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having paid cash for one half, gave a mortgage' for the balance, payable in one year. Having stocked his farm, and put seed in the ground, he rested from his labor, and patiently awaited the time when he might go forth to reap the harvest; but, alas! no ears of grain gladdened his heart, or rewarded his toil. The fever of the country attacked him, and at the time when the fields are white with the fullness of the laborer's skill, death called him home, and left his disconsolate wife a widow, and his only child an orphan.
7. We leave this first sõrrow, and pass on to witness the struggles of the afflicted widow a year afterward. The time having arrived when the mortgage was to be paid, she borrowed the money of a neighbor, who had been very attentive to her husband and herself. Hard and patiently did she toil to repay the sum at the promised time; but all would not do; fortune frowned, and she gave way to her accumulated troubles. Disheartened and distracted, she relinquished her farm and stock for less than she owed her neighbor, who, not satisfied with that, put an execution on her furniture.
8. On the Sabbath previous to the sale, she took courage, and strengthening herself with the knowledge of having wronged no one, went to the temple of her heavenly Father, and with a heart filled with humanity and love, poured out her soul to Him “ who turneth not away;" and having communed* side by side with her neighbor, returned to her desolate home.
9. Here her fortitude had like to have forsaken her, but seeing the old family Bible,” she reverently put it to her lips, and sought for consolation in its pages. Slowly she perused its holy and inspiring verses, and găthered hope from its never-failing promises.
10. The day of sale having arrived, her few goods and chattelsø were, in due course, knocked off to the highest bidder Unmoved she saw pass from her possession article after article,
Mortgage (mår' gaj), a pledge given for the repayment of borrowed money. — * Ac củ' mu låt ed, heaped up; greatly increased. — Ex e cù'tion, the warrant by which an officer carries into effect the judgment of a court.-— * Com mủned', partaken of the sacrament, or Lord's Supper.*Perused (pe rozd'), read with attention.—Chåt' tels, things which a person uwns, excepting lands and buildings.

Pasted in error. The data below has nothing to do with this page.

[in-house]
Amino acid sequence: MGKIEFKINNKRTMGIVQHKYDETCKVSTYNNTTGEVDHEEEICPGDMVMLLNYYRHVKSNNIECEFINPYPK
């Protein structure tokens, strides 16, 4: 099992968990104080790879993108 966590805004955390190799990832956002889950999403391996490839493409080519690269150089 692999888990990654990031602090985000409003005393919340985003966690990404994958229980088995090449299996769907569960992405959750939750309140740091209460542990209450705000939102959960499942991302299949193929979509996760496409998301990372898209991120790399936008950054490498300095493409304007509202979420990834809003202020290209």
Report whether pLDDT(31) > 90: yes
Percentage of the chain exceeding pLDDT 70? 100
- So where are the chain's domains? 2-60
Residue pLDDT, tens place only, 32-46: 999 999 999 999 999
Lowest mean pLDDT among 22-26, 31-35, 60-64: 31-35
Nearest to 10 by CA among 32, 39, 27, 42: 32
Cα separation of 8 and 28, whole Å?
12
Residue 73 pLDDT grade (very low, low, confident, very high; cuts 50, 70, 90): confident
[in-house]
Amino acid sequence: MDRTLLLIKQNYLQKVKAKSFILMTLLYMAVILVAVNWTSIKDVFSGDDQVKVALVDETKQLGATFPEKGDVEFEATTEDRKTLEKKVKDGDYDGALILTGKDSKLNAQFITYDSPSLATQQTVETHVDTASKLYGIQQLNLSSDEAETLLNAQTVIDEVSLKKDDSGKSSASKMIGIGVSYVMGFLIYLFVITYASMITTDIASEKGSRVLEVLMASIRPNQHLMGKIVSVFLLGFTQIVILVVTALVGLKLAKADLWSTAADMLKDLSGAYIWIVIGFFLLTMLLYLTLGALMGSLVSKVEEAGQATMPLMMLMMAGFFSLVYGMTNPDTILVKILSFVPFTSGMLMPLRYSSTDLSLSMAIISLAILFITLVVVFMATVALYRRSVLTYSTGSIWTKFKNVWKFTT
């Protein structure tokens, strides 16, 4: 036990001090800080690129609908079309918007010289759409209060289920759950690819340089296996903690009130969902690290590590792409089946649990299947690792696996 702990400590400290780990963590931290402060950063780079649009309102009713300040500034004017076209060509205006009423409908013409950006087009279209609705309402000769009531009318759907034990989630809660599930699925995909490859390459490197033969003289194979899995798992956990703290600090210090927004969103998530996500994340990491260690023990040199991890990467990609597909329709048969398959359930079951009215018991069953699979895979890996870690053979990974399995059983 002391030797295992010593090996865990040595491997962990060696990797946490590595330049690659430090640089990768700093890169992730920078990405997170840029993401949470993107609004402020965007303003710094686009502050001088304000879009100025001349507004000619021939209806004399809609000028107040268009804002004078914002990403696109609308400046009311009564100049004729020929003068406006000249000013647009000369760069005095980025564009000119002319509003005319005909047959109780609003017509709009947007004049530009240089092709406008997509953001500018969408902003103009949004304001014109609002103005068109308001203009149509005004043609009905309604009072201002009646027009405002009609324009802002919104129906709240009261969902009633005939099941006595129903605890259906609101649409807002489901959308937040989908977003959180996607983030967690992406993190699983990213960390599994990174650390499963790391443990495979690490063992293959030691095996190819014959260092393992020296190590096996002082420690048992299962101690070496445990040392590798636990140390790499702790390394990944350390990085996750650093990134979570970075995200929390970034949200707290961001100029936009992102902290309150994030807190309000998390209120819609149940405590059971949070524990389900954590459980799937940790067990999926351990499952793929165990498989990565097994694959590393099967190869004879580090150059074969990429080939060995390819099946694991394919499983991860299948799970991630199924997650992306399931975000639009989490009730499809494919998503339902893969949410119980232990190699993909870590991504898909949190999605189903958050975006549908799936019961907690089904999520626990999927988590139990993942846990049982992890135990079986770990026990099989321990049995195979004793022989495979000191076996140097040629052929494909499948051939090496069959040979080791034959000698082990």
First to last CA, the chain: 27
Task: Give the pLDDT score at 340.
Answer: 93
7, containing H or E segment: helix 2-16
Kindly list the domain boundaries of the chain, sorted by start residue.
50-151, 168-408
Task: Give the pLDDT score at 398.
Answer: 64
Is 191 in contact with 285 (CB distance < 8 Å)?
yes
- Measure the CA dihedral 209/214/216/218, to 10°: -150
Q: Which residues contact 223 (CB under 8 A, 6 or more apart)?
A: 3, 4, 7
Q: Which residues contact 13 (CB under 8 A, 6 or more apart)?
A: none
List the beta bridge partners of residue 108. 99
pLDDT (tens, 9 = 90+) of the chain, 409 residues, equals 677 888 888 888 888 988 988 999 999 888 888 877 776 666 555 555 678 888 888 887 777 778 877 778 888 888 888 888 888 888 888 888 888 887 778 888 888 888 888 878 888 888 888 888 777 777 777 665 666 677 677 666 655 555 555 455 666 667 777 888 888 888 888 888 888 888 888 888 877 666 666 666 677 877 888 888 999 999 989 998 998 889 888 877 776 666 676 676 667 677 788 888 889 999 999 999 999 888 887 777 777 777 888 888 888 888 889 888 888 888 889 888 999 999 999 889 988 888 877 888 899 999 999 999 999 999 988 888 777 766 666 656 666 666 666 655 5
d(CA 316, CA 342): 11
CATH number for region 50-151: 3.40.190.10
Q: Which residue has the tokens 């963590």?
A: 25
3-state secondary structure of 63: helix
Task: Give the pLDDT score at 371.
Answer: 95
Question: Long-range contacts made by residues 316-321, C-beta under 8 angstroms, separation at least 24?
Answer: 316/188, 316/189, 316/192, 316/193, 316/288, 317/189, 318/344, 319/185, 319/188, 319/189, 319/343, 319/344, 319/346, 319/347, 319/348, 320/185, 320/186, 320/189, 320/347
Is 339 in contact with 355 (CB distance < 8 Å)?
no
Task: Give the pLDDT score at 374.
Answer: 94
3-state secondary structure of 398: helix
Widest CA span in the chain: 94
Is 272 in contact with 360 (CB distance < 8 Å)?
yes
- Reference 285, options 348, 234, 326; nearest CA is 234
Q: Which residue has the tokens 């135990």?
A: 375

MY MOTHER'S BIBLE.
without a murmur, till the constable' held up the old family Bible. This was too much. Tears flowed, and gave silent utterance to a breaking heart. She begged the constable to spare ner this memento' of her revered and departed par'ents; and the humāne' man of the law would willingly have given it to her, but her iněx'orable creditor declared every thing should be sold, as he was determined to have all that was due to him.
11. The book was, therefore, put up, and about being disposed of for a few shillings, when she suddenly snatched it, and, declaring she would have some relic of those she loved, cut the slender thread that held the brown linen cover, with the intention of retaining that. The cover fell into her hands, and with it two flat pieces of thin, dirty paper.
12. Surprised at the circumstance, she examined them, and what was her joy and delight to find each to be a bank-note, good for five hundred pounds, on the bank of England! On the back of one, in her mother's handwriting, were the following words: “When sõrrow overtakes you, seek your Bible." And on the other, in her father's hand, “Your Father's ears are never deaf.”
13. The sale was immediately stopped, and the family Bible given to its faithful owner. The furniture sold was readily offered to her by those who had purchased it, and she gladly Look it back. Having paid off her relentless creditor to the uttermost farthing, and rented a small house, she placed the balance of her money in such a way as to receive interest enough to keep her comfortable, and is now able to enjoy the precepts of the old family Bible without fear or molestation.
1. THIS book is all that's left me now!
28. MY MOTHER'S BIBLE.
Tears will unbidden start-
I press it to my heart. Constable (kůn' sta bl), an officer of the peace.- Memen'to, memorial ; something which causes remembrance.- In ex' o ra ble, that can not be moved by prayers or entreaties.— * Rel'ic, that which remains, or is left after a loss ; something kept in remembrance.- Re. lent' less, cruel ; having no pity.-Mo les tÅ' tion, trouble ; annoyancc
For many generations past,
Here is our family tree;
She, dying, gave it me.
Whose names these rěcords bear,
After the evening prayer,
In tones my heart would thrill !
Here are they living still!
To brothers, sisters dear;
Who lean'd God's word to hear!
What thronging memories coine !
Within the halls of home!
Thy constancy' I've tried ;
My counselor and guide.
That could this volume buy:
It taught me how to die. GEORGE P. MORRIS.
29. ORNITHOLOGY.? | T is surprising to see bow few of all the birds which annually